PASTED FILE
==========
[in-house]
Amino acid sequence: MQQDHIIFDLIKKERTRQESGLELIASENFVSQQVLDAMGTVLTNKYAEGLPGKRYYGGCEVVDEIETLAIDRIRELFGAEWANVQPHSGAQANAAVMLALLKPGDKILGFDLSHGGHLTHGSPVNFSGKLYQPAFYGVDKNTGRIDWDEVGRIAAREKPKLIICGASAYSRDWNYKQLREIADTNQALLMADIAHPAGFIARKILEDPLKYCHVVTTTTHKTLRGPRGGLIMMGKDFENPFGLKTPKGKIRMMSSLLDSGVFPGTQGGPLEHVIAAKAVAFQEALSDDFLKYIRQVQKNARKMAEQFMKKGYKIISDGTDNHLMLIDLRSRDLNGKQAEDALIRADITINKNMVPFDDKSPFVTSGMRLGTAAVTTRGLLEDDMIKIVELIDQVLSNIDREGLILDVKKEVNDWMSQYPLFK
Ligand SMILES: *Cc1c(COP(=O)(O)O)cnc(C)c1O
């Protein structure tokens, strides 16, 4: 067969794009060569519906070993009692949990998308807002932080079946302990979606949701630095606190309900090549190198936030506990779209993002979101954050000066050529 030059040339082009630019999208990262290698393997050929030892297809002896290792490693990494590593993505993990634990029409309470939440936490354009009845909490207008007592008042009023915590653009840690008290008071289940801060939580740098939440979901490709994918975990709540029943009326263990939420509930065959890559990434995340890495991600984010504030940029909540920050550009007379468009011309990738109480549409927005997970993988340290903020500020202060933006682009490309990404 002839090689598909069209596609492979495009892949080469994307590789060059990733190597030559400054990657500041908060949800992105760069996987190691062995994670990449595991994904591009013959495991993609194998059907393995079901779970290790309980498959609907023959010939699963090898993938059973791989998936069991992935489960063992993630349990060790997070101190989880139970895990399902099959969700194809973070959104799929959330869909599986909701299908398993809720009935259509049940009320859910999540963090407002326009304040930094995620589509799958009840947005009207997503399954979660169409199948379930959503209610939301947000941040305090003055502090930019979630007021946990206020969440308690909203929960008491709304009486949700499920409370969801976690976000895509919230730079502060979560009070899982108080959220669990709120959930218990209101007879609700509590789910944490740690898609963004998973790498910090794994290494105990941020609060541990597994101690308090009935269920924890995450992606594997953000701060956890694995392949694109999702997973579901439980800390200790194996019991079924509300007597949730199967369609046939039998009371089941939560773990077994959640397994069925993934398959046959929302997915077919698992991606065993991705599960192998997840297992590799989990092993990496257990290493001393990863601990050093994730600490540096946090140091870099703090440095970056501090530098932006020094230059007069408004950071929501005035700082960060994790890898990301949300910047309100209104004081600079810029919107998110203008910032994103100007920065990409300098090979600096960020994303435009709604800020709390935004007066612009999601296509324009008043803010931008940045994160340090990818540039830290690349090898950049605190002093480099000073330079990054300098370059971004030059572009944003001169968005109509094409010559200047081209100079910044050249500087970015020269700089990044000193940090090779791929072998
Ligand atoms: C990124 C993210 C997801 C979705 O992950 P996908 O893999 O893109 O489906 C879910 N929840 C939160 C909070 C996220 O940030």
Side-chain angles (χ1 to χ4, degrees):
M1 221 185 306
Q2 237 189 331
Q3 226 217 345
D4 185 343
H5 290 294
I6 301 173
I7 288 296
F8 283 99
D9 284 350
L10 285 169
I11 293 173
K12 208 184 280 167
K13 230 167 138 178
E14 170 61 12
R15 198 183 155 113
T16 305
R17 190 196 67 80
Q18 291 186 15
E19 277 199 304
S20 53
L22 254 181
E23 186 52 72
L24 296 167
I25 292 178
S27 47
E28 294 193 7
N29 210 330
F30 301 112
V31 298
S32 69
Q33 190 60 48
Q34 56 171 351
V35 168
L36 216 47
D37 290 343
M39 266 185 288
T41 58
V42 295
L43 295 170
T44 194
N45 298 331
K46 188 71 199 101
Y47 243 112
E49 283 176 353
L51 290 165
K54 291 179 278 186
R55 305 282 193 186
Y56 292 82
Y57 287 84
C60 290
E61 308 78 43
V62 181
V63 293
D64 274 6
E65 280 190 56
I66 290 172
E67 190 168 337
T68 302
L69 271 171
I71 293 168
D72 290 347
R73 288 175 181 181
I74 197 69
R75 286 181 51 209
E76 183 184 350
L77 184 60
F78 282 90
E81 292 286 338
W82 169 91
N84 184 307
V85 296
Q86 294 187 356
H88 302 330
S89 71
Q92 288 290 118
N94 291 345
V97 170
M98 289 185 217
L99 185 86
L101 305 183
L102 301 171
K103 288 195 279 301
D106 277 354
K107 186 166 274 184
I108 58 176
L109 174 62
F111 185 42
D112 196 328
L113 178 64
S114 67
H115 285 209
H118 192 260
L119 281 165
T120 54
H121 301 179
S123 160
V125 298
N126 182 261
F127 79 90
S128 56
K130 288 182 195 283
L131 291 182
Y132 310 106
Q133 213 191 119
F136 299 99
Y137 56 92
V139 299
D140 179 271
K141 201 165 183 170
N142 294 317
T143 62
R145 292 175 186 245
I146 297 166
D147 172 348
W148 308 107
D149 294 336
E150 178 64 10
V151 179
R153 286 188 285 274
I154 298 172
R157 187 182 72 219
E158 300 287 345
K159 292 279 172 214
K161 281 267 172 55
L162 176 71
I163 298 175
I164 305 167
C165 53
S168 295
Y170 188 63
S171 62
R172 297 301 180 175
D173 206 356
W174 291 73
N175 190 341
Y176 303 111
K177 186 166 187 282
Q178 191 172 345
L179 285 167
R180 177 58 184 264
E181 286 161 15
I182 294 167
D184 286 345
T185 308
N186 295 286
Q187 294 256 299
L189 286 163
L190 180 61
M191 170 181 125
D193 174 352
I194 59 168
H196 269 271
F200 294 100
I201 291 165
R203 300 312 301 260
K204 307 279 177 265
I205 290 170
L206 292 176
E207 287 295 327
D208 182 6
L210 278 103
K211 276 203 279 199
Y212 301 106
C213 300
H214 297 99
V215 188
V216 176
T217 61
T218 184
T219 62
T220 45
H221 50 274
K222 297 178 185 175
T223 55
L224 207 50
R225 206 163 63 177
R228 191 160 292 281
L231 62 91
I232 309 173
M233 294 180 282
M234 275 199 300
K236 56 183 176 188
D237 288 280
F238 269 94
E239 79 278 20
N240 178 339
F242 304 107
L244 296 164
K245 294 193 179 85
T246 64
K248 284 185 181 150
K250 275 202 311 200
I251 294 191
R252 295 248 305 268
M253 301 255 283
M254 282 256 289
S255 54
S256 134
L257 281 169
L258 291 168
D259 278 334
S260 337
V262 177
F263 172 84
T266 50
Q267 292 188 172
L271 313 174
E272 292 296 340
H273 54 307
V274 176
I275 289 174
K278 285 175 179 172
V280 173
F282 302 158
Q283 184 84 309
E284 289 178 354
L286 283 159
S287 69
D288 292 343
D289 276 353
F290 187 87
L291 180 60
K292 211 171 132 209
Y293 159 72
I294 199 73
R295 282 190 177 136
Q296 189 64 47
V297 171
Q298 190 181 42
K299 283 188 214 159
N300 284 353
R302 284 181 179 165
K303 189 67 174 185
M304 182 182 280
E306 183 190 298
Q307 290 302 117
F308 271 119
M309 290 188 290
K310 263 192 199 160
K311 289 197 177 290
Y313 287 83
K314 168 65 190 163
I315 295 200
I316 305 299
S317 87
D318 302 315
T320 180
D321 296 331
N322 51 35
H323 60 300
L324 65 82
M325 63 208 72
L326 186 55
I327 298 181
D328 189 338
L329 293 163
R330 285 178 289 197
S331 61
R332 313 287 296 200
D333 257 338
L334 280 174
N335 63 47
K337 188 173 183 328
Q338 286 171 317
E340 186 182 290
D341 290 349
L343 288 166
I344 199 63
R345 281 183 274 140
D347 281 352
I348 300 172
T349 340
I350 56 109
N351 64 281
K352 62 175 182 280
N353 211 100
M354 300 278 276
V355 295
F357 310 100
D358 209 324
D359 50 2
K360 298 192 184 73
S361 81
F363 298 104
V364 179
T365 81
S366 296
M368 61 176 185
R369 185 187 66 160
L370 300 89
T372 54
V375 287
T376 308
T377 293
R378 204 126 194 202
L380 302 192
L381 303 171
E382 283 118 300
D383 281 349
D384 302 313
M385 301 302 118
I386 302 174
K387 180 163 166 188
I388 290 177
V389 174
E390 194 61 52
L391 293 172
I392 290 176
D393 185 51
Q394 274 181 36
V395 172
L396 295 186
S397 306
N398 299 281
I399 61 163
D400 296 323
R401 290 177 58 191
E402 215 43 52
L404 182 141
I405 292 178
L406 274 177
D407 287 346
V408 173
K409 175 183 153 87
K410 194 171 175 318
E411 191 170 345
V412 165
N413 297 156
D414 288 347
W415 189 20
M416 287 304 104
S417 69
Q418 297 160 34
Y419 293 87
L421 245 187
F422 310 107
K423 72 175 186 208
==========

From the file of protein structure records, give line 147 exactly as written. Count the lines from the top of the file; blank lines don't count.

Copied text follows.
E181 286 161 15